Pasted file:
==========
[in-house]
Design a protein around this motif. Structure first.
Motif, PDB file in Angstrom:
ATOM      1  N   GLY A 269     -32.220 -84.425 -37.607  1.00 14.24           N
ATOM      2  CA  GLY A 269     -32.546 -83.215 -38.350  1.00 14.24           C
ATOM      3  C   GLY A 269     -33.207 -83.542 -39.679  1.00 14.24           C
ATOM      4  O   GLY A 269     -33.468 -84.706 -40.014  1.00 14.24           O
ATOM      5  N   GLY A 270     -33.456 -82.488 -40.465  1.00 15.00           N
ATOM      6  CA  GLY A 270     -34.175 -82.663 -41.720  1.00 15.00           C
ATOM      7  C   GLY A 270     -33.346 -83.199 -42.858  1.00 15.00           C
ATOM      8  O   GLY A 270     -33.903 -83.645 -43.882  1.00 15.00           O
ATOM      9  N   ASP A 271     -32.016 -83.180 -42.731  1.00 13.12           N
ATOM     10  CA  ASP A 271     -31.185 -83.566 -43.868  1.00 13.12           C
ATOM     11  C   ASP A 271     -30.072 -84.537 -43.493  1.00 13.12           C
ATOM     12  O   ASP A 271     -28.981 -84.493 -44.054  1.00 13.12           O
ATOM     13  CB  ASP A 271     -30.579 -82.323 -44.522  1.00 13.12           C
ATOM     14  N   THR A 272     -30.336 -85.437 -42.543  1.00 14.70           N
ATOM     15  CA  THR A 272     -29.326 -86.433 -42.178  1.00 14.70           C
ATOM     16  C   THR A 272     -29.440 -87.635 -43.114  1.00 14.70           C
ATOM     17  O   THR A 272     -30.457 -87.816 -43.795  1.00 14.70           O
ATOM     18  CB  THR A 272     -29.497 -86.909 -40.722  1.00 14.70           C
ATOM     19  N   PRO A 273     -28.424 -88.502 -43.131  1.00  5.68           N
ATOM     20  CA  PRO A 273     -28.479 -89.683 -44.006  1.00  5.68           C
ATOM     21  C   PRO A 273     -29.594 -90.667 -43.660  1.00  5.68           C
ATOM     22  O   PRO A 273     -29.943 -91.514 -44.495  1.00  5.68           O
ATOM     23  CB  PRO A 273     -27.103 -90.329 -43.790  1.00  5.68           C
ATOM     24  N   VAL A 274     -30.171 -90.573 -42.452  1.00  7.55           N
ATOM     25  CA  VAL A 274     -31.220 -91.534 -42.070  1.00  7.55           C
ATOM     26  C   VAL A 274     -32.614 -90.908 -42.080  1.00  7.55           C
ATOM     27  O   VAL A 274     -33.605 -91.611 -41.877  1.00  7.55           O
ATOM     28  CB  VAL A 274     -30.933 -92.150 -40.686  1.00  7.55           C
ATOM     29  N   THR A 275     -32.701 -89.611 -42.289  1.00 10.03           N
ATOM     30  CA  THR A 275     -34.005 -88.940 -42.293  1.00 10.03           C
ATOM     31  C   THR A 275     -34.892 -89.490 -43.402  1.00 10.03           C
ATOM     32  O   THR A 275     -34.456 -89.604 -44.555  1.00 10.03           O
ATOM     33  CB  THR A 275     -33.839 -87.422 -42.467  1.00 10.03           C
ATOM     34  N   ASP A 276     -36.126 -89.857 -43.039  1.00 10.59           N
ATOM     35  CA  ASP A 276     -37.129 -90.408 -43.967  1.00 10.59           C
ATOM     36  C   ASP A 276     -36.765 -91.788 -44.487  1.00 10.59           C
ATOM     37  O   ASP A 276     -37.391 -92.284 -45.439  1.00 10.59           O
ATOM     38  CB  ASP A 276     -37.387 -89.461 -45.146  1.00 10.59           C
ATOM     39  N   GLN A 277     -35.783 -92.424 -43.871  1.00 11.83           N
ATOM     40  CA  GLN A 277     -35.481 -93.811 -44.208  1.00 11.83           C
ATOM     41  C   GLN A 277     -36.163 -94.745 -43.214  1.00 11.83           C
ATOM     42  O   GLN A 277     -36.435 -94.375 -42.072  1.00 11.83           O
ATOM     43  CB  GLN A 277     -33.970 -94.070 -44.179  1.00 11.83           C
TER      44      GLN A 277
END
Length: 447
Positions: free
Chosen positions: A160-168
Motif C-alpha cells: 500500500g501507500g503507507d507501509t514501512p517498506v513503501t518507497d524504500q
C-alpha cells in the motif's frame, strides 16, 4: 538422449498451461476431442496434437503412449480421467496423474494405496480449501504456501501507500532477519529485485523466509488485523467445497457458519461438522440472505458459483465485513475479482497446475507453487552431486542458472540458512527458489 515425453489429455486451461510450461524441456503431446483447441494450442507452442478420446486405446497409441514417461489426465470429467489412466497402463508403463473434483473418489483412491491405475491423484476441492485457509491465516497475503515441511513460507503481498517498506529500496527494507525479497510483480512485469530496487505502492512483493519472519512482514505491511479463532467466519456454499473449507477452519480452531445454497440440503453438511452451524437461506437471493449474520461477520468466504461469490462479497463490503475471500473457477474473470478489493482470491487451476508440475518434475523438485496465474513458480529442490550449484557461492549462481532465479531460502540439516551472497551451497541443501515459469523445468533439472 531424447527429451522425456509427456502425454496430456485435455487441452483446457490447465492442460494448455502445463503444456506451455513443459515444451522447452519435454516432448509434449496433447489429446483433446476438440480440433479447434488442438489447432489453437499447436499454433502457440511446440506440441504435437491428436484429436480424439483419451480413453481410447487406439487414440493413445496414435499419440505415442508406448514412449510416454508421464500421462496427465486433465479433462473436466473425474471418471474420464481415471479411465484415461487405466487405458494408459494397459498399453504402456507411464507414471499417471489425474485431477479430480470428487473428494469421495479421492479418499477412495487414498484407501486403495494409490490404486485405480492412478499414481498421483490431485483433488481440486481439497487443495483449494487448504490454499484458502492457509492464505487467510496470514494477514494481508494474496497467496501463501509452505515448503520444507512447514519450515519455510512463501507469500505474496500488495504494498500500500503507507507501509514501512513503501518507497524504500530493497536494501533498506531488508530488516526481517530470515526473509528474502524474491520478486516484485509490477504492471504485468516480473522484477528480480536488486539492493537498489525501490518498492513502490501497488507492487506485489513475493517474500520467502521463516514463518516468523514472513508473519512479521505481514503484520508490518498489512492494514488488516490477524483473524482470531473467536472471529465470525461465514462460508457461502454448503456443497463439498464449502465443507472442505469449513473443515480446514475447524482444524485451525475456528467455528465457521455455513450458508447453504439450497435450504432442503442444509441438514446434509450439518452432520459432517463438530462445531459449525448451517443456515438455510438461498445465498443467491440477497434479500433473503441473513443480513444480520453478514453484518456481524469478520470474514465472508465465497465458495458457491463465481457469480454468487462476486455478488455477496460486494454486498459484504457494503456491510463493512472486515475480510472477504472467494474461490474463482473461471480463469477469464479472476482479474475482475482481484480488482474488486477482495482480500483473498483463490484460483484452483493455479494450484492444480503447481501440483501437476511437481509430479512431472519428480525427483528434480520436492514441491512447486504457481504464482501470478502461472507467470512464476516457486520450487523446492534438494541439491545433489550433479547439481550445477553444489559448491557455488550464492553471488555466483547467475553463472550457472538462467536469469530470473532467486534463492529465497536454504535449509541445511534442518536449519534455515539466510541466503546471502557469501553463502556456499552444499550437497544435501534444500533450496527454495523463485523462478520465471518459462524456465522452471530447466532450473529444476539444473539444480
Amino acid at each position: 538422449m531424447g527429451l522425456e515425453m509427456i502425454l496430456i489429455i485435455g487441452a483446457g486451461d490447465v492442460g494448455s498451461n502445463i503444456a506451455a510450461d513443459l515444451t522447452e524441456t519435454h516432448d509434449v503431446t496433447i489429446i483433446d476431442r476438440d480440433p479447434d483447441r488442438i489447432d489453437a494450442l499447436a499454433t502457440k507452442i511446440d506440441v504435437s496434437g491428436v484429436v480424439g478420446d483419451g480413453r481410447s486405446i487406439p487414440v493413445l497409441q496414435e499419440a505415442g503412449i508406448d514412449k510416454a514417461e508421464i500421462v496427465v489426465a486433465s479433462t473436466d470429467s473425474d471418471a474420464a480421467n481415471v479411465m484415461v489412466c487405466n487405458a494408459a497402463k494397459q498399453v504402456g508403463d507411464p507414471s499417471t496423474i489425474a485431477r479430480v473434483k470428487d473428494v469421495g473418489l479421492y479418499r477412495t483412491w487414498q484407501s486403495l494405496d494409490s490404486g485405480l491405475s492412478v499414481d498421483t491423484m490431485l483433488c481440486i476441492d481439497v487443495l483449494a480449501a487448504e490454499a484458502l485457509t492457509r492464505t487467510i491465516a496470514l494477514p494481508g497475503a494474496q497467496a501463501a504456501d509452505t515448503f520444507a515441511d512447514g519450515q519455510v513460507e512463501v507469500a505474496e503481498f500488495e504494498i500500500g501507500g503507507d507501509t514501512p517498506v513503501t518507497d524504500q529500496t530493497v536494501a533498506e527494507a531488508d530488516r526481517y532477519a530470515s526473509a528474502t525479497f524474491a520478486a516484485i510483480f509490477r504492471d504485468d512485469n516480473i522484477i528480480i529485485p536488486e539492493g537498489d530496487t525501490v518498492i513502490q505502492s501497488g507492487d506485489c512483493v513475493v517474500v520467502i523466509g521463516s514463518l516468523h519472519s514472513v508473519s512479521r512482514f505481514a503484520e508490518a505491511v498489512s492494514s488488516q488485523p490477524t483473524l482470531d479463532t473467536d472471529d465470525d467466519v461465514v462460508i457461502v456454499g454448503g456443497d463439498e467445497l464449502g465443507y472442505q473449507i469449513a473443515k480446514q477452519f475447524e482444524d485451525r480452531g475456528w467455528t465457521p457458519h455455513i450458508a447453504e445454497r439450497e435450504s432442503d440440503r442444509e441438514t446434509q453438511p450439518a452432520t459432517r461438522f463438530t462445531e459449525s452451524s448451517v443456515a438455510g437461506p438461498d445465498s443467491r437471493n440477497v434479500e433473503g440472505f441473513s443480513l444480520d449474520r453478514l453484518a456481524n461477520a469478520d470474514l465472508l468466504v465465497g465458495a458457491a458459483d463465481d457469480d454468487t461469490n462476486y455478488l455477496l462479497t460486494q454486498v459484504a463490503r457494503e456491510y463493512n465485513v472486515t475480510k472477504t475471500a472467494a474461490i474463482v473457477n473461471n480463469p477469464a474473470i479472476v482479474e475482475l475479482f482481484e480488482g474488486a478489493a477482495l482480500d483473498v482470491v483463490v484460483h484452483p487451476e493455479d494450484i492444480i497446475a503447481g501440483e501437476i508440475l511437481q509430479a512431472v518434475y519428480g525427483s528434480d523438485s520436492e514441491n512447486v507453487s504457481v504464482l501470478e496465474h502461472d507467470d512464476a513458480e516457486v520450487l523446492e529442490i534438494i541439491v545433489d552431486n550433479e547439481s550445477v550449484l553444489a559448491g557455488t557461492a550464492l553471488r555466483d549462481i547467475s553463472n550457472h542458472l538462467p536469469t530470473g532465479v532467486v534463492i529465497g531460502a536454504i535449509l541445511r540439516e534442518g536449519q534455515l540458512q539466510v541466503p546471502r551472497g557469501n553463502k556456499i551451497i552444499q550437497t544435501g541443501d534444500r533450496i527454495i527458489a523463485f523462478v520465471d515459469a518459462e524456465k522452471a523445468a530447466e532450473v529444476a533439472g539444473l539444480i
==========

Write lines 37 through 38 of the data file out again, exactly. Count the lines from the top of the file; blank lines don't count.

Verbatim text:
ATOM     34  N   ASP A 276     -36.126 -89.857 -43.039  1.00 10.59           N
ATOM     35  CA  ASP A 276     -37.129 -90.408 -43.967  1.00 10.59           C